Illumina has been awarded US Patent No. 7,985,565, "Method of nucleic acid amplification."
Pascal Mayer, Laurent Farinelli, and Eric Kawashima are named as inventors on the patent.
Describes a process by which a nucleic acid molecule can be annealed to an appropriate immobilized primer. The primer can then be extended and the molecule and the primer can be separated from one another. The extended primer can then be annealed to another immobilized primer and the other primer can be extended. Both extended primers can then be separated from one another and can be used to provide further extended primers. The process can be repeated to provide amplified, immobilized nucleic acid molecules, which can be used for many different purposes, including sequencing, screening, diagnosis, in situ nucleic acid synthesis, monitoring gene expression, and nucleic acid fingerprinting, among other applications.
Harvard University has been awarded US Patent No. 7,985,546, "Genomic library construction."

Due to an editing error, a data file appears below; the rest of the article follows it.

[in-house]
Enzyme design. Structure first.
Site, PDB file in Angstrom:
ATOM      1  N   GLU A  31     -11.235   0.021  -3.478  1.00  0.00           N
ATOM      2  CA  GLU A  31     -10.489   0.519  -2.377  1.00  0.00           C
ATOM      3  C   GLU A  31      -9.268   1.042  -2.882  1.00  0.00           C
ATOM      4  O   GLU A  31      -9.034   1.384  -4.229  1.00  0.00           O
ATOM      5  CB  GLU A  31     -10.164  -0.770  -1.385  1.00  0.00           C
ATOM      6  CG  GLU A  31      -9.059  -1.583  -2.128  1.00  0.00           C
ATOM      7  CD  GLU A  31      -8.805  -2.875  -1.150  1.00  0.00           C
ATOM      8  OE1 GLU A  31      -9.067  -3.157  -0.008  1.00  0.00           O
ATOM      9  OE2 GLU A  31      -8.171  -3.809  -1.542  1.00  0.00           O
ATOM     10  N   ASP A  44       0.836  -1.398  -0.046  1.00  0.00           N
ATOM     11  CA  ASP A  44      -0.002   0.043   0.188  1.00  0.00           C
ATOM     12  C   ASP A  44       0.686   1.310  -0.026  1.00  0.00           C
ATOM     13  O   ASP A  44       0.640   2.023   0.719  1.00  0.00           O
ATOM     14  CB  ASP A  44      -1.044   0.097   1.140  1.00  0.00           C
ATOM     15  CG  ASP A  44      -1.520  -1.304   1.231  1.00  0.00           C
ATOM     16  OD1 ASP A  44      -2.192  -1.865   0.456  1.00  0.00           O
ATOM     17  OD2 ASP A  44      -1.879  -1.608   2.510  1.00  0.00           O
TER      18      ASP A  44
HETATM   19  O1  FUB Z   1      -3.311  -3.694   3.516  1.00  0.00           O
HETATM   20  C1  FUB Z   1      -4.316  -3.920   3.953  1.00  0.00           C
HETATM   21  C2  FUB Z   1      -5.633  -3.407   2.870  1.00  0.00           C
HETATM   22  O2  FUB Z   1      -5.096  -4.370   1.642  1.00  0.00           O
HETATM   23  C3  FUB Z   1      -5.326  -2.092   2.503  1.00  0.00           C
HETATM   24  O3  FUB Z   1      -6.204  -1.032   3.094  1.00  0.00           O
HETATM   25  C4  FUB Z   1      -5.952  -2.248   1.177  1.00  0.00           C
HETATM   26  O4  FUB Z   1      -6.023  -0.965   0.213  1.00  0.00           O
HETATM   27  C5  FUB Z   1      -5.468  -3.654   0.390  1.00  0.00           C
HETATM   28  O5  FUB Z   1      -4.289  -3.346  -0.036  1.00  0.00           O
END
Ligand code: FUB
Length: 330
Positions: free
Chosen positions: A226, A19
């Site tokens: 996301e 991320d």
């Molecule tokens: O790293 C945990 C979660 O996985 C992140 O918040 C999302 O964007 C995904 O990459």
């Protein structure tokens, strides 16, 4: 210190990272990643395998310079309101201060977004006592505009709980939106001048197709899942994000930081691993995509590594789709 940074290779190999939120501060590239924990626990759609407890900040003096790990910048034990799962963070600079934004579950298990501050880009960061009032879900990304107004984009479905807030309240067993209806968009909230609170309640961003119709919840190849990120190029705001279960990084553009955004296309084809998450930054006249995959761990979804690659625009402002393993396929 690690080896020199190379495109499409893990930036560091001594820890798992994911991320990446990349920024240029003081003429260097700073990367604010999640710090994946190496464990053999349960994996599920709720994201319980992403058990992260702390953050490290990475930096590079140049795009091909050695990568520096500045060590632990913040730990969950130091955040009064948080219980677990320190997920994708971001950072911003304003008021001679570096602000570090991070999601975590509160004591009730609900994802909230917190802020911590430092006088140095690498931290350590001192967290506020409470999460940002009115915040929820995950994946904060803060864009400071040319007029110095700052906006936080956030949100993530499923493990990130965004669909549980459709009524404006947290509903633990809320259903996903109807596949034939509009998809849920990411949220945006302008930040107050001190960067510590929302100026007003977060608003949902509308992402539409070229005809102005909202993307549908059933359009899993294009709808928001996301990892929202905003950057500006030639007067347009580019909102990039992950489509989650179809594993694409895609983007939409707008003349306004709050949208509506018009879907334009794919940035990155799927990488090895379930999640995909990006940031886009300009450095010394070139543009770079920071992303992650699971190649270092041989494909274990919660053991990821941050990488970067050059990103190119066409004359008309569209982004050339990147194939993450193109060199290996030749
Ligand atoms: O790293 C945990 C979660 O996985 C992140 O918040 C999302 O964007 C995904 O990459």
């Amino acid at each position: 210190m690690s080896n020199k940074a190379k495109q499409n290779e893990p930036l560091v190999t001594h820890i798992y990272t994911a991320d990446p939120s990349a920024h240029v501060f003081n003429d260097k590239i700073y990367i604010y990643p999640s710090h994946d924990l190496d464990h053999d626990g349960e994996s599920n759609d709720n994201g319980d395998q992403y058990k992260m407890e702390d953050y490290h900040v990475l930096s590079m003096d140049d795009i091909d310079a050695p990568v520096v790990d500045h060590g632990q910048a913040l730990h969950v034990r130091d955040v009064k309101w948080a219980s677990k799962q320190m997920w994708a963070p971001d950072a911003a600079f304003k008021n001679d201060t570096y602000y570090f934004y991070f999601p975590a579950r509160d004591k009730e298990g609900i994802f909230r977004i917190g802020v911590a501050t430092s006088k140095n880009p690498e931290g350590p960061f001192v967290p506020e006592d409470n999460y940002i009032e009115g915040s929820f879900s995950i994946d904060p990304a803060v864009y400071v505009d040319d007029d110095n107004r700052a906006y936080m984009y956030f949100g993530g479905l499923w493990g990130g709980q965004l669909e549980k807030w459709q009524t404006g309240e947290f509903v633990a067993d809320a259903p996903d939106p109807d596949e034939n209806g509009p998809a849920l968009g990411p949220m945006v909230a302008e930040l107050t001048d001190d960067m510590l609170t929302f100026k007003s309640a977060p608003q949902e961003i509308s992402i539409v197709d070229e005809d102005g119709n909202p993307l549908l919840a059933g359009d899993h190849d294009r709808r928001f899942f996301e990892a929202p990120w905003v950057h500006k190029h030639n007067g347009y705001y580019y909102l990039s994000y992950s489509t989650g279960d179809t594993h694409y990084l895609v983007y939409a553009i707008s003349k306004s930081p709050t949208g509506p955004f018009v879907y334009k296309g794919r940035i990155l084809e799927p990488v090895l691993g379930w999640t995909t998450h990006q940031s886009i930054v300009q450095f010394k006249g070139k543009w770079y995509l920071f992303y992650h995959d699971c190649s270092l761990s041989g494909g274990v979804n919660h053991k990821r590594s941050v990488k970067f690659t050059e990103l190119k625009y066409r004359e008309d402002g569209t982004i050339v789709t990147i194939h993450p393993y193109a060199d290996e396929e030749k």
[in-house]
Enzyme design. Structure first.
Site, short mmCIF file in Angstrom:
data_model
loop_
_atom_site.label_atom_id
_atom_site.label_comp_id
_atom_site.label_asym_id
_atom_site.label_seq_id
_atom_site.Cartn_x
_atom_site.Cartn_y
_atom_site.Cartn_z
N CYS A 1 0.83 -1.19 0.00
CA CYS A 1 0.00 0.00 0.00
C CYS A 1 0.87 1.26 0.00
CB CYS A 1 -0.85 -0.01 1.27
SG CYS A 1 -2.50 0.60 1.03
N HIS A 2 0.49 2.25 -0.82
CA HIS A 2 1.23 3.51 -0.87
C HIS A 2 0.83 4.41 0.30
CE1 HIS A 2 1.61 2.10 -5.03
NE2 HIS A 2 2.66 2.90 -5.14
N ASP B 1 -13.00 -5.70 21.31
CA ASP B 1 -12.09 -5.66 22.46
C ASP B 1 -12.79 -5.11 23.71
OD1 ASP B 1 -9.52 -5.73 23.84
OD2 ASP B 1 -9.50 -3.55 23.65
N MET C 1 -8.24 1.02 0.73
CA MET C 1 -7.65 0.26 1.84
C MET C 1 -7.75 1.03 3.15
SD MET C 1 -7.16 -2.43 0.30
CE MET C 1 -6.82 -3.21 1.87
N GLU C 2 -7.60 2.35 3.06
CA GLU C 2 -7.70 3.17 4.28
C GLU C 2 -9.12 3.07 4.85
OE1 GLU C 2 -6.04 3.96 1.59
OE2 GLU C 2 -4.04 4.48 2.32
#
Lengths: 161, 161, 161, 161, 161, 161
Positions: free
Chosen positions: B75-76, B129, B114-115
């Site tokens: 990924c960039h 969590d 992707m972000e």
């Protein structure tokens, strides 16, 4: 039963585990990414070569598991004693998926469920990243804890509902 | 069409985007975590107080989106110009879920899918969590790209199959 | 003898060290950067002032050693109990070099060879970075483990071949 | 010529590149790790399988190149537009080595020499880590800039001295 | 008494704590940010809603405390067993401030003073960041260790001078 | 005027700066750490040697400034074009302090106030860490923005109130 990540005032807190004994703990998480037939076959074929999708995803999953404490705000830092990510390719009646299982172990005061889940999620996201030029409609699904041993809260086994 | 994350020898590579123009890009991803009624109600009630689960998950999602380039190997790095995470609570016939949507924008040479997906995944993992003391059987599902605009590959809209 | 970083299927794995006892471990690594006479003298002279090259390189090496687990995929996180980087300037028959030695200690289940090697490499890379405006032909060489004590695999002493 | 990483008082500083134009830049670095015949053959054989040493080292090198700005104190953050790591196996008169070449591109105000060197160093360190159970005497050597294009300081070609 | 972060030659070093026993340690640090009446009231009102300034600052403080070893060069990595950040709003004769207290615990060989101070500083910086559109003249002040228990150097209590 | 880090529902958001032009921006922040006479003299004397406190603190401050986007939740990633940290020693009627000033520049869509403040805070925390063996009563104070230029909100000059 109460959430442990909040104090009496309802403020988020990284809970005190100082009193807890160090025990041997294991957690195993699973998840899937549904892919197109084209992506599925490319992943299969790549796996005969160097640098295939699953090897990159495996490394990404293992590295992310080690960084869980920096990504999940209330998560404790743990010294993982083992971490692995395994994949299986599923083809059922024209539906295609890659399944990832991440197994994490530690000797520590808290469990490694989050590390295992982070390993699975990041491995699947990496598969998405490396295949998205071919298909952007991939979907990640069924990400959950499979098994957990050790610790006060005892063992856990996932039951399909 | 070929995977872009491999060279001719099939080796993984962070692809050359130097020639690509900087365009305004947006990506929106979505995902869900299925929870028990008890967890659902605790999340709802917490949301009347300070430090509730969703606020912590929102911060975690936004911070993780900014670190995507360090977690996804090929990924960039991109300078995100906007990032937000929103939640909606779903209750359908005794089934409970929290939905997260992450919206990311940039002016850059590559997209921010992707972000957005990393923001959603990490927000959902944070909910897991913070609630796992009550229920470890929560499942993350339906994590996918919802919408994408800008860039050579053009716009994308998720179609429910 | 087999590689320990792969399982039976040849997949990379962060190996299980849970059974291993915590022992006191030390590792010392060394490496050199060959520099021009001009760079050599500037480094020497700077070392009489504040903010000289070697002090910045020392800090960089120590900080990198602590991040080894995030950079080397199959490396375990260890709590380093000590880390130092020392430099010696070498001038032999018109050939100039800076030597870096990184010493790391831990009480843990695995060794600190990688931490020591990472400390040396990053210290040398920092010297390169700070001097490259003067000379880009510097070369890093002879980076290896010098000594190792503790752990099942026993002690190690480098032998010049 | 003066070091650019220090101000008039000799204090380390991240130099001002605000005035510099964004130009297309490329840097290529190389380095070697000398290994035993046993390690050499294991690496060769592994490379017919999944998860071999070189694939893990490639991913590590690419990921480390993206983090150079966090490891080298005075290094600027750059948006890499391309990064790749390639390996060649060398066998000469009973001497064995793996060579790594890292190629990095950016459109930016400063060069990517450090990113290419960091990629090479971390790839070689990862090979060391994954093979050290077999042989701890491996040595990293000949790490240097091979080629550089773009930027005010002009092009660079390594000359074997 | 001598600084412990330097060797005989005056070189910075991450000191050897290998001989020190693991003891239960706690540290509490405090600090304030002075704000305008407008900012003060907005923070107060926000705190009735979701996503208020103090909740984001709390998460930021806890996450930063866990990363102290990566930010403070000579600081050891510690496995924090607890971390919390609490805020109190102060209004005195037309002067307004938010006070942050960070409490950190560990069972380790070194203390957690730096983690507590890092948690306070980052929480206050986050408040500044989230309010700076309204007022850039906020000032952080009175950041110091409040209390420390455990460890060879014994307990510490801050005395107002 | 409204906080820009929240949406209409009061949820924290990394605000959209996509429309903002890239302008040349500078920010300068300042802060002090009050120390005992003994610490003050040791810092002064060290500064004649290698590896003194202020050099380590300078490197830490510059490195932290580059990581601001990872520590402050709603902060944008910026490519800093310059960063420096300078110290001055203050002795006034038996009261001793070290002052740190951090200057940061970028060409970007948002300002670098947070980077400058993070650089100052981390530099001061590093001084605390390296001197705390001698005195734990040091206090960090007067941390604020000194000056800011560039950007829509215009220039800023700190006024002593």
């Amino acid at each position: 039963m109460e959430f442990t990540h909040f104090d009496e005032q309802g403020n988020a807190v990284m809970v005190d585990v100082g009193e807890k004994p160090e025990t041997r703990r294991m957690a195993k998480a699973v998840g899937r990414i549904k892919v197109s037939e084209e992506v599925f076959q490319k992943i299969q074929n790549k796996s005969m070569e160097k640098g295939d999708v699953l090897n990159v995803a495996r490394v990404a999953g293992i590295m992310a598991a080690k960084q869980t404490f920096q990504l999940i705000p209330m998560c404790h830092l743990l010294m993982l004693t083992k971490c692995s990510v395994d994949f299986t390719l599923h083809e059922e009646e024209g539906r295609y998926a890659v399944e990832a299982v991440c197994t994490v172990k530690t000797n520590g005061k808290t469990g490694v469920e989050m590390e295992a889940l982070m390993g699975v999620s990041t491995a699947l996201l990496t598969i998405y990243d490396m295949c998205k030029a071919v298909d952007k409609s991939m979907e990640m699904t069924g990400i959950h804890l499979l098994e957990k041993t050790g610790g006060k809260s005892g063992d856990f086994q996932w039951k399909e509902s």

George Church and Kun Zhang are named as inventors on the patent.
Provides compositions and methods for amplifying nucleic acid sequences and/or constructing a genomic library from a single cell.
Delta of Hørsholm, Denmark, has been awarded US Patent No. 7,985,540, "Method, chip, device, and system for extraction of biological materials."
Gert Jensen, Lars Thomsen, and Oene Veltman are named as inventors on the patent.
Relates to a method, chip, device, and system for extracting biological material form cells. The invention involves exposing the biological particles to an alternating electric field in a sample chamber and may also involve subsequent analysis of the biological material after the extraction.